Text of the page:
I was trained as a Physiotherapist in Adelaide South Australia the home of The Maitland school of Mobilisations, which is the traditional way of treating musculoskeletal problems. I have been doing this for Twenty years with good results using the traditional methods.
My frustration as to why when I got someone better they would return down the track with the same problem usually on the same side only perhaps a little worse. now they may have referred pain as well as their original Back pain. I thought I was not a very good Physio, I started talking to Physio Blog other Physios and realised that this was the “norm”. In fact this is how Chiropractors operate differently in that they usually get people in for maintenance treatment at a point that they estimate the next “onset” is about to occur. Unlike physios who tend not to do maintenance they rely more on providing people with home exercise regimes. this of course assumes that people are going to diligently follow the advice of their Physio and continue with the exercises. Of course, most do not.
This frustration led me about 10 years ago to look into this dilemma. I was lucky enough at that time to work with another physio who was working with this very muscle. Our earlier treatment was to trigger point and stretch the muscle. Of course I no longer do this as I now have other more effective techniques. Trigger pointing a muscle immediately increases the pain barrier and will effectively make the muscle tighten to protect itself from what it perceives is an assault on it. think of it like someone hitting you in the stomach your immediate involuntary reaction is to double over and try to protect that area. I also looked into the current research on this muscle and found that the research done showed the amazing Crumpling and Shearing effect that this muscles force had on the Lumbar spine in particular.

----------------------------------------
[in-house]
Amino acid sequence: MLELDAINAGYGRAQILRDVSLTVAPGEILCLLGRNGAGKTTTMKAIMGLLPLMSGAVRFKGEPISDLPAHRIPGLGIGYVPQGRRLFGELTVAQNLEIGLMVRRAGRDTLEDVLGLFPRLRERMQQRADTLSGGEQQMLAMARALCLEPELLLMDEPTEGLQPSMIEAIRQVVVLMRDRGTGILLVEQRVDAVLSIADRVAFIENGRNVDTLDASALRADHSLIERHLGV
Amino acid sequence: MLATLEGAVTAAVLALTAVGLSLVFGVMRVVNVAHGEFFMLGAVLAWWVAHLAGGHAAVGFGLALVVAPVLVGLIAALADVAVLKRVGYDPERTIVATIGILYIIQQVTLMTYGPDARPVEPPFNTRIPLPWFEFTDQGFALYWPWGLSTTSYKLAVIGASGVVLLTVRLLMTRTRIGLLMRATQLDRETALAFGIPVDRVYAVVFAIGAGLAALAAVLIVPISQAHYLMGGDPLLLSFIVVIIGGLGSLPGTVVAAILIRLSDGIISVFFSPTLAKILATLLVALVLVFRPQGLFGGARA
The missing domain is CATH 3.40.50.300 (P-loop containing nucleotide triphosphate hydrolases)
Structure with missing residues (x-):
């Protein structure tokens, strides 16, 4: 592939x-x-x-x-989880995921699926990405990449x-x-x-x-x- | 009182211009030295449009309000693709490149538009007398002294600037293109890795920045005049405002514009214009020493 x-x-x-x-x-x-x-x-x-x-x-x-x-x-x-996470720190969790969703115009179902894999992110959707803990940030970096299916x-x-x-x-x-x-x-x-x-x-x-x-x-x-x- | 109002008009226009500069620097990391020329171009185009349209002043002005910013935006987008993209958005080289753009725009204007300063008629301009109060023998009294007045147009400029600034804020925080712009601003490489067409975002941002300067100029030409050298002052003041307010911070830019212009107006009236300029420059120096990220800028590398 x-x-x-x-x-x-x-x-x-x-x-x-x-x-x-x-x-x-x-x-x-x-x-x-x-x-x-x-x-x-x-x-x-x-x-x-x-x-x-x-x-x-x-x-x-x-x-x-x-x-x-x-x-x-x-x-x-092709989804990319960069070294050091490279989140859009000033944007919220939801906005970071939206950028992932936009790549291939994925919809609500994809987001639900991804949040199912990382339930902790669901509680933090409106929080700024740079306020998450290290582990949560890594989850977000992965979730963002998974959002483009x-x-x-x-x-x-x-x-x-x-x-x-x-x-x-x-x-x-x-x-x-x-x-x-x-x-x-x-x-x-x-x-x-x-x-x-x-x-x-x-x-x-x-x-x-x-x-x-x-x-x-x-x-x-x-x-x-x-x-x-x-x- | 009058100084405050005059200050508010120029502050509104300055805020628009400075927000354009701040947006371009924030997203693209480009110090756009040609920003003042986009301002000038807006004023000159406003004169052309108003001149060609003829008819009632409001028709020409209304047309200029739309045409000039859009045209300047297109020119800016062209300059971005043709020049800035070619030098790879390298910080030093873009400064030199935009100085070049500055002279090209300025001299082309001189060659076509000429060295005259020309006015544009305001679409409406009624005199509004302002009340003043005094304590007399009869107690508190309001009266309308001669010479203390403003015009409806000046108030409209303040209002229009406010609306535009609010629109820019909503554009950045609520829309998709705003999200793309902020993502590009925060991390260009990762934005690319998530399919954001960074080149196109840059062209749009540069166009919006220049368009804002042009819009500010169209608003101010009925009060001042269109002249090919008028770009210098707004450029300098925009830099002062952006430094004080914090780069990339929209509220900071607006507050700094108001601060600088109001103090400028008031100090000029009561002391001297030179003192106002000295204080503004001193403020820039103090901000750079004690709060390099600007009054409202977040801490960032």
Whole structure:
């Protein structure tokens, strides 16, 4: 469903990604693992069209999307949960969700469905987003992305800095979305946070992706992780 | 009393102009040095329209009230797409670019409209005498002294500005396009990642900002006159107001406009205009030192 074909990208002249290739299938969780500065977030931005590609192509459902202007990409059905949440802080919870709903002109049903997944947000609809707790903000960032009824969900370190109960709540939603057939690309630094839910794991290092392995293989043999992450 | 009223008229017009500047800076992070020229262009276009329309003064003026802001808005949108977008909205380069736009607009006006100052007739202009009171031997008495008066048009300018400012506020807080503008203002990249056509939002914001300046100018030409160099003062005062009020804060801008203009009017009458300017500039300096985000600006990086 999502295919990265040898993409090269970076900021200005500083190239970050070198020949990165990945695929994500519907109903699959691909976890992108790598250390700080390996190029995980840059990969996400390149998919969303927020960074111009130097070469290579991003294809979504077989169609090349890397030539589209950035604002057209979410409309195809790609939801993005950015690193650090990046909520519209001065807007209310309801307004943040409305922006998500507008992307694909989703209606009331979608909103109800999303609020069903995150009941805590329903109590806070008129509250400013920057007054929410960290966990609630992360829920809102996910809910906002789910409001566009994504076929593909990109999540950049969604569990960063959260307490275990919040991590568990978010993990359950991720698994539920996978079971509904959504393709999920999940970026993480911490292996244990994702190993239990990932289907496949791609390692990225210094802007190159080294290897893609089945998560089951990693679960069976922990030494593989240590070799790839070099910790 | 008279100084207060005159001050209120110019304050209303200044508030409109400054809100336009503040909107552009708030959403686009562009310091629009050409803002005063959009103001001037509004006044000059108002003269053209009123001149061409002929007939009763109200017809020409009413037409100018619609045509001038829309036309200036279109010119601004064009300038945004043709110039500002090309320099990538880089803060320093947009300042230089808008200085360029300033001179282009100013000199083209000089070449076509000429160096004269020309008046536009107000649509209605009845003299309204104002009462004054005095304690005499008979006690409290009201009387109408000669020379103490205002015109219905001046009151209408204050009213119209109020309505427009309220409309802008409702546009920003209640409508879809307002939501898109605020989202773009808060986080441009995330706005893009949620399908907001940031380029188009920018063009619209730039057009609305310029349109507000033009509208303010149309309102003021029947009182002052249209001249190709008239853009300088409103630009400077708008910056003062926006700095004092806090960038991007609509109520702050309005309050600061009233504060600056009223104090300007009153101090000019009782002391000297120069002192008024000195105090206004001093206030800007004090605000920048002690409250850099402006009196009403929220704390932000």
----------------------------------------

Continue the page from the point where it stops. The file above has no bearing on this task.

Stretching has been a favourite of mine for a long time. I use to use this a lot. But, recent research into the effectiveness of the humble stretch and its efficacy seems to be in doubt. Pre and Post stretches on one group of athletes and no stretching on another group showed no significant benefit of one group over the other. These groups were of similar age and fitness levels.
When I first started using the Soaz muscle to treat low back pain, I was still in doubt and so I would still use the other traditional methods that I was trained in at the same time. Of course I got good results, but never could tell whether it was the Soaz or the mobilisations. In fact it took me many years to make the break from treating in the way I was trained and use Soaz exclusively. Since doing this about four years ago, I have not used the traditional methods and I not only get good musculoskeletal results, but surprisingly, have had benefit with gut issues like Irritable bowel syndrome and restless leg syndrome also chronic night cramps. This slow evolution has been due to my own self limiting beliefs and my concern of how this would be accepted by the traditionalists.